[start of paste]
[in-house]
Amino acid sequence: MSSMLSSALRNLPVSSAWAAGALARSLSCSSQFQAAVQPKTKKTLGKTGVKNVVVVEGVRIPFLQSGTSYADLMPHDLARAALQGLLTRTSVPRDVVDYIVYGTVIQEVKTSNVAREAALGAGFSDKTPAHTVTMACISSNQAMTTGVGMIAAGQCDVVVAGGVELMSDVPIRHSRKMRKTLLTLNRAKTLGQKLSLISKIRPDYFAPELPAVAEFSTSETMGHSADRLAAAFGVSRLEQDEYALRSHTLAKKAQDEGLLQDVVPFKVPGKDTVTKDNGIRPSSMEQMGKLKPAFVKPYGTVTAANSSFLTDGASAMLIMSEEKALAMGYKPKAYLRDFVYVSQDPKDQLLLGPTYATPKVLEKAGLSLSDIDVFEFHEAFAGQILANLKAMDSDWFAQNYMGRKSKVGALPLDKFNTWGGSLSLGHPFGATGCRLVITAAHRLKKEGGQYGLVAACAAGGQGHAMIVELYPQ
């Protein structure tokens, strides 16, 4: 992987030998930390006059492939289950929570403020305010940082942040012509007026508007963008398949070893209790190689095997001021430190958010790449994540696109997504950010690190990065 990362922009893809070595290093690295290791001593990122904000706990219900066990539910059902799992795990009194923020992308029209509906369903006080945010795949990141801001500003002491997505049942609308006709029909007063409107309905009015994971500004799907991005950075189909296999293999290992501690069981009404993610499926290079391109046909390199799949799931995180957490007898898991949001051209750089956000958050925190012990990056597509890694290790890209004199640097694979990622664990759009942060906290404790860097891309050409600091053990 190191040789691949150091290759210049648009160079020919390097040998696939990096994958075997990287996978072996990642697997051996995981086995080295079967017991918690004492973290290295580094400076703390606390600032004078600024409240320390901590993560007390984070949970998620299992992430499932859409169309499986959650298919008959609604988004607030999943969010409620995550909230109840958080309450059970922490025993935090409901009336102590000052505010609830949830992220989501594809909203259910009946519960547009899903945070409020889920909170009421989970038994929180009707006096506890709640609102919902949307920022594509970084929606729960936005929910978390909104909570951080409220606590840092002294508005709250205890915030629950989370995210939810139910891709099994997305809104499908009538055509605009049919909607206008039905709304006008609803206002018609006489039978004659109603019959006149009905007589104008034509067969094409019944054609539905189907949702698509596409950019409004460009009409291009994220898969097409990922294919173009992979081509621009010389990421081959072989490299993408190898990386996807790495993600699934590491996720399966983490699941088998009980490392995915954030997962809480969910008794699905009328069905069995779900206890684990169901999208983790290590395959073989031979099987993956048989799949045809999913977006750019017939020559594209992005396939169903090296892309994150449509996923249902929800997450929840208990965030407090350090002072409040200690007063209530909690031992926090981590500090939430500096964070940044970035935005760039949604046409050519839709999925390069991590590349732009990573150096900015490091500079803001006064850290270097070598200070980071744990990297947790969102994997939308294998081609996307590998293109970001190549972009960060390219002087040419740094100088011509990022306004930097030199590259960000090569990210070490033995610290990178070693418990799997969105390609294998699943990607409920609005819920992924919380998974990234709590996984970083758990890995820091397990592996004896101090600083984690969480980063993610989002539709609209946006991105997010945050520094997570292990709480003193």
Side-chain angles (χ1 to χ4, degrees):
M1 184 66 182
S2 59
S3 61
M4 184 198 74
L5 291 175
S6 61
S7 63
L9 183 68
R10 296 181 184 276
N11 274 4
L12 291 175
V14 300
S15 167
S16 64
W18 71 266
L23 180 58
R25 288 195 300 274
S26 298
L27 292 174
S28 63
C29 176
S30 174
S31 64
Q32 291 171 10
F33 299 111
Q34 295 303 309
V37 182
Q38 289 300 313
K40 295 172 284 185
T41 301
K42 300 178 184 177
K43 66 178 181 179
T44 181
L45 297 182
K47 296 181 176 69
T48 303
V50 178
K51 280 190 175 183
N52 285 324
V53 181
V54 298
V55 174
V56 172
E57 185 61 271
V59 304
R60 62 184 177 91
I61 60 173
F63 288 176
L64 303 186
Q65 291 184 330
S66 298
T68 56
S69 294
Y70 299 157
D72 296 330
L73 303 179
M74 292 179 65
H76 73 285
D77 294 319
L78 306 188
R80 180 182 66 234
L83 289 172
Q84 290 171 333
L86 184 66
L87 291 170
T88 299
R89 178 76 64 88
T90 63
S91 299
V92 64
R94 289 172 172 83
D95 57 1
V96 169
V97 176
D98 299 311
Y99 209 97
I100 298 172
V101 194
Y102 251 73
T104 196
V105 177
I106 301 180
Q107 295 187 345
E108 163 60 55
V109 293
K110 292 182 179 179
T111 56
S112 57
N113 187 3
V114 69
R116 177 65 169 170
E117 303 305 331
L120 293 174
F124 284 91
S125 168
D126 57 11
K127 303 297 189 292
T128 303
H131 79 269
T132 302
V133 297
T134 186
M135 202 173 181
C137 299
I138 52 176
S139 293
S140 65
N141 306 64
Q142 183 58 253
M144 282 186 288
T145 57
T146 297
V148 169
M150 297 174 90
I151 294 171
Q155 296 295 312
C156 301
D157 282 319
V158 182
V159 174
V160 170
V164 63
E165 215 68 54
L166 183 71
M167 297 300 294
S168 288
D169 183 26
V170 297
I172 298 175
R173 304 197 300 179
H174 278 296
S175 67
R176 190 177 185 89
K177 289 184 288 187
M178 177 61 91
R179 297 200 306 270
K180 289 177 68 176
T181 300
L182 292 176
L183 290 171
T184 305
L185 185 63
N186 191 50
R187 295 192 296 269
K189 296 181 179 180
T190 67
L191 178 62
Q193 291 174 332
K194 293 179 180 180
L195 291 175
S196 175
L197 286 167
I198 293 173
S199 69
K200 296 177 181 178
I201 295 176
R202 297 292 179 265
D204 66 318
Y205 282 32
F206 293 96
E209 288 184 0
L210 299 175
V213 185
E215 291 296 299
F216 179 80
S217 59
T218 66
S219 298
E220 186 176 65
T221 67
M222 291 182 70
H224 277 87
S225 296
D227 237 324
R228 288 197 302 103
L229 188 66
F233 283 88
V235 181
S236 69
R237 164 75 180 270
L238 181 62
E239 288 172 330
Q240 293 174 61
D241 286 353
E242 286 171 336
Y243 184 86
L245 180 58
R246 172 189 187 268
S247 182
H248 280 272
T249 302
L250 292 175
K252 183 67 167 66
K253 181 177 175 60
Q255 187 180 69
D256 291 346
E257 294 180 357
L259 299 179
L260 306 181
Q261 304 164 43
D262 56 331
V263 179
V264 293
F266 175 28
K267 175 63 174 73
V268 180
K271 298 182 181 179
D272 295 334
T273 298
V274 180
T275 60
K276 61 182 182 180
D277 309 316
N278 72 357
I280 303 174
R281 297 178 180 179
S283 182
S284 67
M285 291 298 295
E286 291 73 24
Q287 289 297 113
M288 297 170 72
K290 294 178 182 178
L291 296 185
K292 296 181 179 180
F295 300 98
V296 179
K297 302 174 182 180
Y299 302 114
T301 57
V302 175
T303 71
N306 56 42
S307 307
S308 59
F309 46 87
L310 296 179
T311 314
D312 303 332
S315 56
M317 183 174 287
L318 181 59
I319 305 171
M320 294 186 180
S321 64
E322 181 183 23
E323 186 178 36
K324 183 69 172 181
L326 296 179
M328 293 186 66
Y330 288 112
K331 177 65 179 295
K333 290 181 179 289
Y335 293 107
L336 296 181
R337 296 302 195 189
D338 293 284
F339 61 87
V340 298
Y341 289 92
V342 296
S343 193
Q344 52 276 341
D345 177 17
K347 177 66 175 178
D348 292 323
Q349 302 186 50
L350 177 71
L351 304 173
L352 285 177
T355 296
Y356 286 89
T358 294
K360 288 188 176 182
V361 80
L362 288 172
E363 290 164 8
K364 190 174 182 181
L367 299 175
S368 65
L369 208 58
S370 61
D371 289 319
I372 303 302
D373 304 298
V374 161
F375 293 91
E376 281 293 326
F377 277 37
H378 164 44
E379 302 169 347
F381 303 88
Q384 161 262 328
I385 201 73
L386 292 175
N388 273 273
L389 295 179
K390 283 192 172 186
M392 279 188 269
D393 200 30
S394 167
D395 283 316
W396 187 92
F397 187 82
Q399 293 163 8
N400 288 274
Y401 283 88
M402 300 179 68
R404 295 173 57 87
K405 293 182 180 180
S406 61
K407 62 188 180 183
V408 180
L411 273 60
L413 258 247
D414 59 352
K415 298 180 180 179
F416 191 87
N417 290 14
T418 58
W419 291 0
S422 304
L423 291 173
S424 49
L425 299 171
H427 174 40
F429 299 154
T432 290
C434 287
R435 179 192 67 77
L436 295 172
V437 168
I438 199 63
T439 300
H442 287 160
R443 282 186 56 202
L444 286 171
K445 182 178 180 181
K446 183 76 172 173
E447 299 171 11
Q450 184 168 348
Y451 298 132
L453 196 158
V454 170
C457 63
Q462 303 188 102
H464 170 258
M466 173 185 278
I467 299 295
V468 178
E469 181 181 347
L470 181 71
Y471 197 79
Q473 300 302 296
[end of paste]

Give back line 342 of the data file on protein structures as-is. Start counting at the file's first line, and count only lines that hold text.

K445 182 178 180 181